5 Most Common Health Issues Women Facing Nowadays

5 Most Common Health Issues Women Facing Nowadays

5 Most Common Health Issues Women Facing Nowadays
In today’s world women have to constantly juggle between their household chores, work, children and what not. It is a 24/7 job with no breaks. Also along with the common illnesses, females have their additional set of issues which is an add-on. In between the mesh up of activities and responsibilities, women is ignoring the most important part of her life, which is her “health”. On basis of various studies performed by health organisations across the world the most common health issues that women facing are mentioned below.

Following Most Common Health Issues Women Facing Nowadays:

Heart Disease

A Study done in India revealed that 3 in 5 women are at high risk of cardiovascular disease (CVD) as early as 35 yrs. and women between 35-44 yrs. are at highest risk of developing CVD. Most common risk factors are low HDL and high BMI (obese or overweight females). Apart from these smoking, diabetes, high BP, Sedentary lifestyle, compromised nutrition etc. also contribute in accelerating heart disease.
Heart Disease
Women can reduce their risk of heart disease by keeping a regular check on BP and blood glucose levels. Life style modification is necessary for reducing the risk. A well-balanced diet and exercise, smoking cessation & limiting alcohol intake helps reducing the risk. Also, by reducing stress levels and by maintaining cholesterol and triglyceride levels within range will help a lot.

Breast Cancer

Breast cancer is a malignant tumour that begins in the breast tissue and invades surrounding tissues or spread to distant areas of the body. The most common symptom is appearance of a new lump which is usually painless & irregular in shape. Other symptoms include any change in breast shape, size or feel and fluid discharge from nipples. The non-modifiable risk factors include – female sex, family history of breast cancer, women who got their periods early (before age 12) or entered menopause late (after 55 years).
Breast Cancer
The risk factors that can be controlled are – alcohol consumption, Hormone therapy, any previous radiation exposure during breast development, obesity etc. Women who never gave birth or who gave birth after 30 years are at high risk of developing breast cancer. It is very important to have the aforementioned symptoms checked by a health care professional experienced in diagnosing breast diseases.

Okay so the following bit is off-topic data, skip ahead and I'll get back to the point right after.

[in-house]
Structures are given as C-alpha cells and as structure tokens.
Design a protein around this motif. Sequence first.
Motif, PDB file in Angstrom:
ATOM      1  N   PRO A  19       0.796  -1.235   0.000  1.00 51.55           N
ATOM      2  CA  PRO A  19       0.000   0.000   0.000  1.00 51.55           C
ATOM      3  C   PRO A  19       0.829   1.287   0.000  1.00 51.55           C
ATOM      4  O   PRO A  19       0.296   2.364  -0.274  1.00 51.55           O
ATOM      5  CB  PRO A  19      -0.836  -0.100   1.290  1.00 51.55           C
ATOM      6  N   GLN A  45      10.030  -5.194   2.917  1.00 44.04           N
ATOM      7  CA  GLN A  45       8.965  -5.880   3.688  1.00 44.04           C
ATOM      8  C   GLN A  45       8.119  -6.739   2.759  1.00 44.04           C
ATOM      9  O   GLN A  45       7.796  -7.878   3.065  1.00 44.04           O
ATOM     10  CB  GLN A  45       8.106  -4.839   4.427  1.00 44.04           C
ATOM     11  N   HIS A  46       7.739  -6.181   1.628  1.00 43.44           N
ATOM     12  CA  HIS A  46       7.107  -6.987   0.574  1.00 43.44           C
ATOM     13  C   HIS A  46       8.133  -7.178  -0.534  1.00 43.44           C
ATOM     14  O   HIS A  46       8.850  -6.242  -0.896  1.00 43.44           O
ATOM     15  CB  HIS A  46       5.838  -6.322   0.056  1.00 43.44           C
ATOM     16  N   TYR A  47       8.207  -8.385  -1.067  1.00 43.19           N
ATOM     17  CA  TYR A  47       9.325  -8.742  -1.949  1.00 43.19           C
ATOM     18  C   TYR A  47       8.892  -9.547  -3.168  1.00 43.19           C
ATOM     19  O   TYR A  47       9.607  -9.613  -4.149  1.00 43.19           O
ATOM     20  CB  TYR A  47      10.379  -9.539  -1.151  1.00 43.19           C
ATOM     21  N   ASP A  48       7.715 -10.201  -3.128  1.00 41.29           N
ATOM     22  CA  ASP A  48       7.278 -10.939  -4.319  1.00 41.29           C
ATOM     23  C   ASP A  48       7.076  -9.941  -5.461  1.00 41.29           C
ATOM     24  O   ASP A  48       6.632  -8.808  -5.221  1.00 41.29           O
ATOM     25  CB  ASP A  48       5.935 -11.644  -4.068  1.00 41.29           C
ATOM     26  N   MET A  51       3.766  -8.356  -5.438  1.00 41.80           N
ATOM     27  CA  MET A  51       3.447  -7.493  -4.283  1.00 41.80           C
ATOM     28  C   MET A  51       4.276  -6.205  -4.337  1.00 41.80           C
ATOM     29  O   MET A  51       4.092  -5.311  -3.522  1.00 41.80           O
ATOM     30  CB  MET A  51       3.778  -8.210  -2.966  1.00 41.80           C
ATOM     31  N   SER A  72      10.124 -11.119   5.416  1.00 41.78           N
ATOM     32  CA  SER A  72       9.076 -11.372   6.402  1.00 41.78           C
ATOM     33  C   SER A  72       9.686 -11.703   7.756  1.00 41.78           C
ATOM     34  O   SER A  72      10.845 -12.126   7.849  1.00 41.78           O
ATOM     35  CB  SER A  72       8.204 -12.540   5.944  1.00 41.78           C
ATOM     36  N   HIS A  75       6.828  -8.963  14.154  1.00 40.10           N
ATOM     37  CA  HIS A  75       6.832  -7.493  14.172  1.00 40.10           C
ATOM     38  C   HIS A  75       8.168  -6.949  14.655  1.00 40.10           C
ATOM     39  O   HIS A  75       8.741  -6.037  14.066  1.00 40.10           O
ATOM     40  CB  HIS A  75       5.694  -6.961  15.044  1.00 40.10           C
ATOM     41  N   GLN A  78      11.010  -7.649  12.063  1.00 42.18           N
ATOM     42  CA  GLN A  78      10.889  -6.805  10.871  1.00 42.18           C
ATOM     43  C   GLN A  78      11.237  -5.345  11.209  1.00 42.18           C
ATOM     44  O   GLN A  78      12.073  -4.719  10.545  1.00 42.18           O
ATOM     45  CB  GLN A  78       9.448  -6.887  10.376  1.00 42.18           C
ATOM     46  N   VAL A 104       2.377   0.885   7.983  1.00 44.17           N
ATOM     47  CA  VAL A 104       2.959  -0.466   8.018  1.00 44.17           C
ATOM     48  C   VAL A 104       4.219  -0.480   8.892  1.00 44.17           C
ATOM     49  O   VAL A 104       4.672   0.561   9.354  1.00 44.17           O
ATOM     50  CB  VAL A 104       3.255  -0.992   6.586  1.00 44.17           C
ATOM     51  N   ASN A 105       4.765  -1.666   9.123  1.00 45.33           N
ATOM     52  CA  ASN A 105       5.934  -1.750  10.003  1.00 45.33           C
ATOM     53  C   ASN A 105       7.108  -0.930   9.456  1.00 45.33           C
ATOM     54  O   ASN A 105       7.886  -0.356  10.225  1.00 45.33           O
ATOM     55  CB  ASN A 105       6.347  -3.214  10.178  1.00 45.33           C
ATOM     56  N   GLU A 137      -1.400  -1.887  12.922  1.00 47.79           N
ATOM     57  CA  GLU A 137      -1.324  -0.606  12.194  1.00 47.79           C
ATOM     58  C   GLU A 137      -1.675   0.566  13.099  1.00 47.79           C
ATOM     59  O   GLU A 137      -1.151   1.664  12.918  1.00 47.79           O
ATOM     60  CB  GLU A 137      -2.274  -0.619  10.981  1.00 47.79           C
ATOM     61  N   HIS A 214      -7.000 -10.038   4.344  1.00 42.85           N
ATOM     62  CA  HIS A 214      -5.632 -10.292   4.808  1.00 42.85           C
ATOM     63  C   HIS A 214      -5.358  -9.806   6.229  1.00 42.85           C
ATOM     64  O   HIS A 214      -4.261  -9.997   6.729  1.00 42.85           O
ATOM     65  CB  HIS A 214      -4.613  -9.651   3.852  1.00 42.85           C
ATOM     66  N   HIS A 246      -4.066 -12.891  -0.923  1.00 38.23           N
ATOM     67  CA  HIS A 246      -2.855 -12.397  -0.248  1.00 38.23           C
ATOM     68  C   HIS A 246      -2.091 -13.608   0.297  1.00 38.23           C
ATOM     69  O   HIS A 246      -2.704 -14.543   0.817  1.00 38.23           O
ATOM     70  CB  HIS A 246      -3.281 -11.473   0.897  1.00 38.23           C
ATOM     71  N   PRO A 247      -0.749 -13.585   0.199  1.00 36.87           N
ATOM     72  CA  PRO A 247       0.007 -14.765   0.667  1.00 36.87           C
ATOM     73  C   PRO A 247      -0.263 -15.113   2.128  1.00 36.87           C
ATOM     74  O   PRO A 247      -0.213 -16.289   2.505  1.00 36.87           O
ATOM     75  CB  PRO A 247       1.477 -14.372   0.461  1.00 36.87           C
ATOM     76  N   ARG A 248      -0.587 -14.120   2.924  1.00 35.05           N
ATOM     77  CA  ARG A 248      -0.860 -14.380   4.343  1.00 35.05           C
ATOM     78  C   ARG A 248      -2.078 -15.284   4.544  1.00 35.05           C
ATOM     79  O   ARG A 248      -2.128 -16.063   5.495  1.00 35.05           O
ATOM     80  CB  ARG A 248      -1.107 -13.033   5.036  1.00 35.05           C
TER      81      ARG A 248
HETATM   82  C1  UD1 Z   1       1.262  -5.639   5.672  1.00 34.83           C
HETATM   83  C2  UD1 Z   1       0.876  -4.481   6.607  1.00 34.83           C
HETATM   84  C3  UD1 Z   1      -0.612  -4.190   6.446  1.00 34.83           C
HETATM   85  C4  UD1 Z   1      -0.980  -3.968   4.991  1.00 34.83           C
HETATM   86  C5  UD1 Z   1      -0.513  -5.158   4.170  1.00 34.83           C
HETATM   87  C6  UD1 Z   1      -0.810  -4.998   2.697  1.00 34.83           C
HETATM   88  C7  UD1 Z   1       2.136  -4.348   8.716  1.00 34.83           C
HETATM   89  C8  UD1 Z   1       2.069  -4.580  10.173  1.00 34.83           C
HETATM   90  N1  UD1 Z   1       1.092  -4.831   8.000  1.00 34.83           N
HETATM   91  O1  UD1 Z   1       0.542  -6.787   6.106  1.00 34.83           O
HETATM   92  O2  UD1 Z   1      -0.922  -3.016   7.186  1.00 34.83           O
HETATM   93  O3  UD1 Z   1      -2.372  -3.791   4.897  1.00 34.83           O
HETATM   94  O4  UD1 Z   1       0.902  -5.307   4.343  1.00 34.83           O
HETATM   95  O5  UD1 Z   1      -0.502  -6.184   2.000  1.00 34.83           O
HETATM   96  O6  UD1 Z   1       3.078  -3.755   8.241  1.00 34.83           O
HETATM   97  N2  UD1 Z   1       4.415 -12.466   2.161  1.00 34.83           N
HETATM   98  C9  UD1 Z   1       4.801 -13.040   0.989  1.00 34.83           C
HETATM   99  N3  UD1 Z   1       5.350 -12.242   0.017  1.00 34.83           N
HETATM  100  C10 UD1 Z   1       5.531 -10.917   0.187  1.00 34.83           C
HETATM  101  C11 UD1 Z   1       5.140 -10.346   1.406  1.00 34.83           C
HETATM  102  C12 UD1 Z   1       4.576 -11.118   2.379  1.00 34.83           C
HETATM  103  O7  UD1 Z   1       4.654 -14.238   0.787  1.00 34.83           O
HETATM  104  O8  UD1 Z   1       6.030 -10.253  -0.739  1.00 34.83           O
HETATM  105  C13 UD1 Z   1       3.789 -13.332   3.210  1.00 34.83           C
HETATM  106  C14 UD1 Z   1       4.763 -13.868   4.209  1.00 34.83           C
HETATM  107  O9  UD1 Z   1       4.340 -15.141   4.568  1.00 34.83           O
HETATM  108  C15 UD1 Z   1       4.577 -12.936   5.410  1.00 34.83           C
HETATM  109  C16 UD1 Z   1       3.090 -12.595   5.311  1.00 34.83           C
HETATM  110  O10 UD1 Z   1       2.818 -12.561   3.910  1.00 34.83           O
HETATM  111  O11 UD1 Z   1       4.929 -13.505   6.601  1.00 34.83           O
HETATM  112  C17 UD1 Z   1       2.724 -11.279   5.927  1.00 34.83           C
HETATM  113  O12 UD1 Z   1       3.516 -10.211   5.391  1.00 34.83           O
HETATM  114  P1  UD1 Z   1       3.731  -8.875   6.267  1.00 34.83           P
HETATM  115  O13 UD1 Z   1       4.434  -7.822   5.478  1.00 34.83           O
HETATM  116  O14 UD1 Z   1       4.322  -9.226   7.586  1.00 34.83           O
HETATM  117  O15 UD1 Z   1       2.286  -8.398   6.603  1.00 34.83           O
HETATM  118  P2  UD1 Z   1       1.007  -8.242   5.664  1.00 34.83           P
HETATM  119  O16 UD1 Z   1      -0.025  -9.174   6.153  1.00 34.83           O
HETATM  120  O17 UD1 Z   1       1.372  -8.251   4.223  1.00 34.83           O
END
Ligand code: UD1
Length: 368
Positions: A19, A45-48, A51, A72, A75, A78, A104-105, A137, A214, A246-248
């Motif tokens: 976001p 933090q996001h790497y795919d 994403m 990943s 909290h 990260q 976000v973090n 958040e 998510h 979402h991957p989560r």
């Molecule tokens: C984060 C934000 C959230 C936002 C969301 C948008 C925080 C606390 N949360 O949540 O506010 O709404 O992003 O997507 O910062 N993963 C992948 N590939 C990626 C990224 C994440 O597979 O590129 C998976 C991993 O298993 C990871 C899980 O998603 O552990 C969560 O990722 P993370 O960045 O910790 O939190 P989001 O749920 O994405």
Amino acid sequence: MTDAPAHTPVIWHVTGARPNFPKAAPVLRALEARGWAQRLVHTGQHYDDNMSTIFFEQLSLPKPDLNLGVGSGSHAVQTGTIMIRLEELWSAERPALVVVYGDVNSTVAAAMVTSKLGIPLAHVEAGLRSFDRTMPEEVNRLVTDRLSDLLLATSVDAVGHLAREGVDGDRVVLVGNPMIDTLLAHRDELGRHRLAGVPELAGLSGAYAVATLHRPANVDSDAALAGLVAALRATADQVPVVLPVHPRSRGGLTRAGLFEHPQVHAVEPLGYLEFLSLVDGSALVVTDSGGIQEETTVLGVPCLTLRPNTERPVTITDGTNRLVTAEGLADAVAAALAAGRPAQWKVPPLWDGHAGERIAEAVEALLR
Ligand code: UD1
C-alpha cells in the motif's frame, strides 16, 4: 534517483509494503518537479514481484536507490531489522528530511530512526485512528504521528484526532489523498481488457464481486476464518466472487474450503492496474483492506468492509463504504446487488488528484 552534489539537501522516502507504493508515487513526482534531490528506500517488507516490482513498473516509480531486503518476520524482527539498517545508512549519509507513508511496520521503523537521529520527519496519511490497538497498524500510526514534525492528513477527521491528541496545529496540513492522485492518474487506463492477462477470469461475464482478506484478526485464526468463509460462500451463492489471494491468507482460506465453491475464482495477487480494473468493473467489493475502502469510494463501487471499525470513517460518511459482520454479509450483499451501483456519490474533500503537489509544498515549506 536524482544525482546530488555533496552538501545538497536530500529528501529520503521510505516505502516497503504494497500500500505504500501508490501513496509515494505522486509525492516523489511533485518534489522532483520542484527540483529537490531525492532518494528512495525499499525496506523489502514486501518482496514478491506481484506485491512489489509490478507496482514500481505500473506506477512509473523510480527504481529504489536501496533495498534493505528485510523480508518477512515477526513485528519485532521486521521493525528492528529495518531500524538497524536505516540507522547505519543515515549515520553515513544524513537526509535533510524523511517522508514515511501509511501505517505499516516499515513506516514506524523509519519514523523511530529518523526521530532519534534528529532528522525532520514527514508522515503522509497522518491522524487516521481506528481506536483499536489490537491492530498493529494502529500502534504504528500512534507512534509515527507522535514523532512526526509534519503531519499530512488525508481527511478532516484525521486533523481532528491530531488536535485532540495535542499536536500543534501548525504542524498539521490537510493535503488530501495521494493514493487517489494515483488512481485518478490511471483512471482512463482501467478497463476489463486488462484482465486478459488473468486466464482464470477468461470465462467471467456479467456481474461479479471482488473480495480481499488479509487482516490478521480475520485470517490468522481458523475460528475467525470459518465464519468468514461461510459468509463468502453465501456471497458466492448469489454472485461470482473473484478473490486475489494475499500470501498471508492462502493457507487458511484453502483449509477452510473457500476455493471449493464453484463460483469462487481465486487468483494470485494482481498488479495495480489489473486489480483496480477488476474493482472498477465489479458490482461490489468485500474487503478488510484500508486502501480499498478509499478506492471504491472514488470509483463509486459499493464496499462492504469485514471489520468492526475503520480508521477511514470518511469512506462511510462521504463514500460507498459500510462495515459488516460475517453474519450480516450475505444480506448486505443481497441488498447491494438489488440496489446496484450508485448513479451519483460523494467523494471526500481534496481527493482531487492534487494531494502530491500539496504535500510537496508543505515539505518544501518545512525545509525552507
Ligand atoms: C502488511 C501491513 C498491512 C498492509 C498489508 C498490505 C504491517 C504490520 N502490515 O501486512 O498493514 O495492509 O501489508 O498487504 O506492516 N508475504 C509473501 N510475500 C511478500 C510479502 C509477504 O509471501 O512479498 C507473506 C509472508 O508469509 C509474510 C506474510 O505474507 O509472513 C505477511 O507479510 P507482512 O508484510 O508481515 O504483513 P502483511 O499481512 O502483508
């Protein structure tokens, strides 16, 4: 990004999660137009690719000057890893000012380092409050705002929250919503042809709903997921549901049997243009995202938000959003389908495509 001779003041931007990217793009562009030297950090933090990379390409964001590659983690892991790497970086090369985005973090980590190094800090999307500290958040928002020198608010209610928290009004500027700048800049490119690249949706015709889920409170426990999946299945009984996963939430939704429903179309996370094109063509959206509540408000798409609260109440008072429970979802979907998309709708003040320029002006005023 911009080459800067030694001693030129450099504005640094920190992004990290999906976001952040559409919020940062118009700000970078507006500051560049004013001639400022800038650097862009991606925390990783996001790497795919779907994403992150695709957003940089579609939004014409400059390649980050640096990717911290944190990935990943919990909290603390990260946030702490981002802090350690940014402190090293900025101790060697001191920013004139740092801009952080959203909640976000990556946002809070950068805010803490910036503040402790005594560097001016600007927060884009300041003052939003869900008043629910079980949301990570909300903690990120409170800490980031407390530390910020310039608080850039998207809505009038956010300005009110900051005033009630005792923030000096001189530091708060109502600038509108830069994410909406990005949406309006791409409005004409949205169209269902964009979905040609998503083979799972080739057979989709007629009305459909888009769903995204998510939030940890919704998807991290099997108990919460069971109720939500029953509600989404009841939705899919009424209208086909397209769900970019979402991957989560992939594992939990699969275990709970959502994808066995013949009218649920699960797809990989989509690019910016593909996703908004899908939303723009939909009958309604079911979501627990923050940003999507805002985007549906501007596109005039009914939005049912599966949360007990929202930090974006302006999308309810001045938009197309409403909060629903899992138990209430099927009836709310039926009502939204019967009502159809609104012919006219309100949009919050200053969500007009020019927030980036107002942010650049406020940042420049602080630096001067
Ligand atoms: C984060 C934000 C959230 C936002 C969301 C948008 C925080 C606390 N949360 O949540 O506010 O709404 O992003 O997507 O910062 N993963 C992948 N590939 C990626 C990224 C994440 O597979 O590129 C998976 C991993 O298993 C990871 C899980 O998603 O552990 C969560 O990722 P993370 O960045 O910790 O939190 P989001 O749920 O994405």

Osteoporosis

Osteoporosis, meaning a bone which is porous, is a disease in which the density and quality of bone are reduced. As a consequence of this the bones become more porous and fragile, eventually leading to fractures. The International Osteoporosis Foundation reported that around the world, 1 in 3 women and 1 in 5 men are at risk of an osteoporotic fracture. The loss of bone density is progressive in nature and there are usually no symptoms until the first fracture occurs. Out of these osteoporotic fractures the most common fractures occur at the hip, spine and wrist and the risk of fractures increases with age.
The risk factors which if modified might prevent fractures are alcohol, smoking, low BMI, Vitamin D deficiency, poor nutrition, low dietary calcium intake etc. If appropriate lifestyle changes are practiced along with required medical treatment, many fractures can be avoided.
Osteoporosis

Menopause

Menopause is the absence of menstruation for a period of 12 months which briefly means that your ovaries have stopped producing hormones and you are unlikely to get pregnant.The average age of menopause is about 51 years however it may happen as early as 35 years or may be delayed to late 60s. The menopausal symptoms include hot flashes, mood changes, vaginal & urinary symptoms, weight gain etc. However, certain serious changes and symptoms which might lead to complications require professional treatment. These include Heart and blood vessel (cardiovascular) disease, Osteoporosis, Urinary incontinence and Sexual function. It is advised that you see your GP, if these menopausal conditions have started troubling you.
Menopause

Depression

Depression is a grave condition that can affect your life. It can disturb your social life, relationships, career, sense of self-confidence and purpose. And for women in specific, depression is common. According to the National Mental Health Association, about one in every eight women will develop depression at some point during her lifetime. The symptoms of depression in women are feeling low & sad, loss of pleasure in activities of interest, feelings of guilt, suicidal thoughts, sleep disturbance, change in appetite, difficulty in concentration feeling tired and fatigue.

Depression
The Most Common Types Of Depression Are As Below:

Major Depression

It has severe symptoms that interfere with a woman’s ability to perform day-to-day activities.

Dysthymic Disorder Or Dysthymia

It include depressive symptoms that last long (2 years or longer), but less severe than major depression.

Dysthymia

Minor Depression

Minor depression is similar to major depression and dysthymia, but symptoms are less severe and may not last as long.

cosult doctor
Antidepressants under the guidance of an experienced doctor work well to treat depression. Proper nutrition is a key determinant of health, both in childhood and beyond. It is very important that women should be aware and take good care of their health. It is advised to stay strong & stay protected.